Where do most paid search (PPC) campaigns succeed or fail? Though it’s typical for marketers to invest more time and legwork in the mechanics of search (keywords, bid strategy, campaign structure), I’d argue that the majority of PPC campaigns are won or lost at the close: the landing page.
The rewards from making even slight improvements to your PPC landing pages can be dramatic. Improve conversion (click to lead) rates by just a percentage point or two and you can increase lead volume (and slash Cost Per Lead) disproportionately. Here are 7 tips that can make a difference:
1. Include a clear, specific call to action. Not “learn more.” No “For more information …” Make the reward specific and tangible. Information offers (white papers, ebooks, information kits) often work best because they appeal to prospects across a broad segment of the selling cycle.
2. Sell the offer. Once you’ve decided on the right offer, sell it. Remember, it’s not the company you’re selling, or the product, it’s that white paper or video or Webinar the prospect gets when he or she fills out the form. If the offer is a video, show screen shots. If it’s a white paper, include excerpts, Amazon-type page previews, even reader reviews. The more detail, the better.
3. Write a headline that reflects the ad copy. Effective PPC campaigns start with effective, action-oriented ad copy that’s relevant to the search term. They end with an engaging, easy to navigate landing page that’s relevant to the ad copy. The goal is one seamless user experience in which every step validates and rewards the prospect’s information needs. Avoid disconnects by keeping your message consistent.
4. Keep the registration form short, and above the fold. If you have a robust, systematic lead nurturing program in place (of course you do) there’s no need to capture every morsel of information from the prospect at first touch. Every required field you add to your registration form lowers your conversion rate accordingly. Ask for the minimum information possible, and keep the form high on the page where the reader can see it (and act) immediately.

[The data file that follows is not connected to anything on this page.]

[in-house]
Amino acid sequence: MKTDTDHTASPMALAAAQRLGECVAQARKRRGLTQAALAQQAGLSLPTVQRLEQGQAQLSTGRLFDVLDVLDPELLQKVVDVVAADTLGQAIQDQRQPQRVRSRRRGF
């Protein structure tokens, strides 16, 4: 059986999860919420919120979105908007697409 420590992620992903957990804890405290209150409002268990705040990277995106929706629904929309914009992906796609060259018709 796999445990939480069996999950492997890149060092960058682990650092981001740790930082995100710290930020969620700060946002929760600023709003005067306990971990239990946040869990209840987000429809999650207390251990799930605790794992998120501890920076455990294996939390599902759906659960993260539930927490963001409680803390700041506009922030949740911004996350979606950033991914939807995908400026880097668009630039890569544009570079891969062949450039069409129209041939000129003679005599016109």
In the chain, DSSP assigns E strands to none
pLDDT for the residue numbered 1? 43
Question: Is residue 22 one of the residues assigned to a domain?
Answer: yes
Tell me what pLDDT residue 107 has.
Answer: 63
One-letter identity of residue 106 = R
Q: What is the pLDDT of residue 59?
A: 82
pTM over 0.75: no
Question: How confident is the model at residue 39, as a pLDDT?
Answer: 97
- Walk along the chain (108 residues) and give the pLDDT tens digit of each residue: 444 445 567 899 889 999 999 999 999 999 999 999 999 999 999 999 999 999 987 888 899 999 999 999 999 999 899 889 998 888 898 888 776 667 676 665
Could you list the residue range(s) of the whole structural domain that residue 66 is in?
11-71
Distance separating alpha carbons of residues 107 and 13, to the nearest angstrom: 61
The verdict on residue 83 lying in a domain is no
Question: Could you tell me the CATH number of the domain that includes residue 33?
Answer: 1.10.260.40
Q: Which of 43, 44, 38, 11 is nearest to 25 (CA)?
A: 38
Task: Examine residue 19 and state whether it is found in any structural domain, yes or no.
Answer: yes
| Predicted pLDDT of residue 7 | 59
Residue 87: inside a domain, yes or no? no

5. Don’t skimp on selling copy. PPC landing pages are different in this respect from say, an email landing page, because the reader barely knows anything yet about your company or the offer. Be sure to include sufficient selling copy to a) adequately sell the offer, b) address any anticipated concerns or objections, and c) help ensure a high quality score by offering what Google calls “relevant and original content” – i.e. content related to the offer in the ad.
6. Don’t include external links. That means no links back to your home page, and for Pete’s sake no navigation bar. The landing page should have one purpose only, and that’s getting the prospect to fill out a form. (Short anecdote: when a former client insisted on having the logo on their landing page be a live link back to their Website, we were able to show that 15% of PPC visitors were escaping through that logo.)
7. Be cautious with customer logos, award icons, and gushing quotes of praise for your company or product. Testimonials of this type can detract from the primary offer and create the aura of a sales pitch for your company that runs counter to the information of value the reader is searching for. Exceptions to this rule occur when your offer is a demo or free trial, situations in which an extra dose of credibility helps sell the offer.
For more tips on getting more from your PPC campaign, download a free copy of our white paper: “Top 10 B2B Paid Search Mistakes: Why Your Google Campaign Isn’t Working And What To Do About It.”